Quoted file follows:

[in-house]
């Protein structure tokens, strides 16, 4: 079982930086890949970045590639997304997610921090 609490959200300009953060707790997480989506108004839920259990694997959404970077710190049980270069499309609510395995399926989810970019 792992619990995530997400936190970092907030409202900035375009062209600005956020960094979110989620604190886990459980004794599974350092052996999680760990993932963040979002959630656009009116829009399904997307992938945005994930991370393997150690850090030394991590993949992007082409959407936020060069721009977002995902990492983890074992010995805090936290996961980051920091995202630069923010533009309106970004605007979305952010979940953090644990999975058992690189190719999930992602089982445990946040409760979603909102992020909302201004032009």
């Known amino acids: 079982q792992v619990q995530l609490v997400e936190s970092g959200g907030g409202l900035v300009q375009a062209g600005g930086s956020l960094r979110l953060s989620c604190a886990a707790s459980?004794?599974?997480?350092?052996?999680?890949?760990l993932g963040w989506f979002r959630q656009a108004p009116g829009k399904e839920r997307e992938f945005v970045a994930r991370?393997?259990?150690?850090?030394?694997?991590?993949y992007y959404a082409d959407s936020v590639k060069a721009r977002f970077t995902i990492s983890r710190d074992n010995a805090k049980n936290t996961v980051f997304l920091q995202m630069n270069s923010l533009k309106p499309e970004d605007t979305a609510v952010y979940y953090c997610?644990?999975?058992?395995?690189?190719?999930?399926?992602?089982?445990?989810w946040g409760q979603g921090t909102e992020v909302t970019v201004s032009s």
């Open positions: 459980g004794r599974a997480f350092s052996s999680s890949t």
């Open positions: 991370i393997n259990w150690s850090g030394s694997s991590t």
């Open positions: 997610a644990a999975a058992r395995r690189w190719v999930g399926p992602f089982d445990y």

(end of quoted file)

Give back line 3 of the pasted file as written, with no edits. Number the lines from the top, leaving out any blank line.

């Known amino acids: 079982q792992v619990q995530l609490v997400e936190s970092g959200g907030g409202l900035v300009q375009a062209g600005g930086s956020l960094r979110l953060s989620c604190a886990a707790s459980?004794?599974?997480?350092?052996?999680?890949?760990l993932g963040w989506f979002r959630q656009a108004p009116g829009k399904e839920r997307e992938f945005v970045a994930r991370?393997?259990?150690?850090?030394?694997?991590?993949y992007y959404a082409d959407s936020v590639k060069a721009r977002f970077t995902i990492s983890r710190d074992n010995a805090k049980n936290t996961v980051f997304l920091q995202m630069n270069s923010l533009k309106p499309e970004d605007t979305a609510v952010y979940y953090c997610?644990?999975?058992?395995?690189?190719?999930?399926?992602?089982?445990?989810w946040g409760q979603g921090t909102e992020v909302t970019v201004s032009s």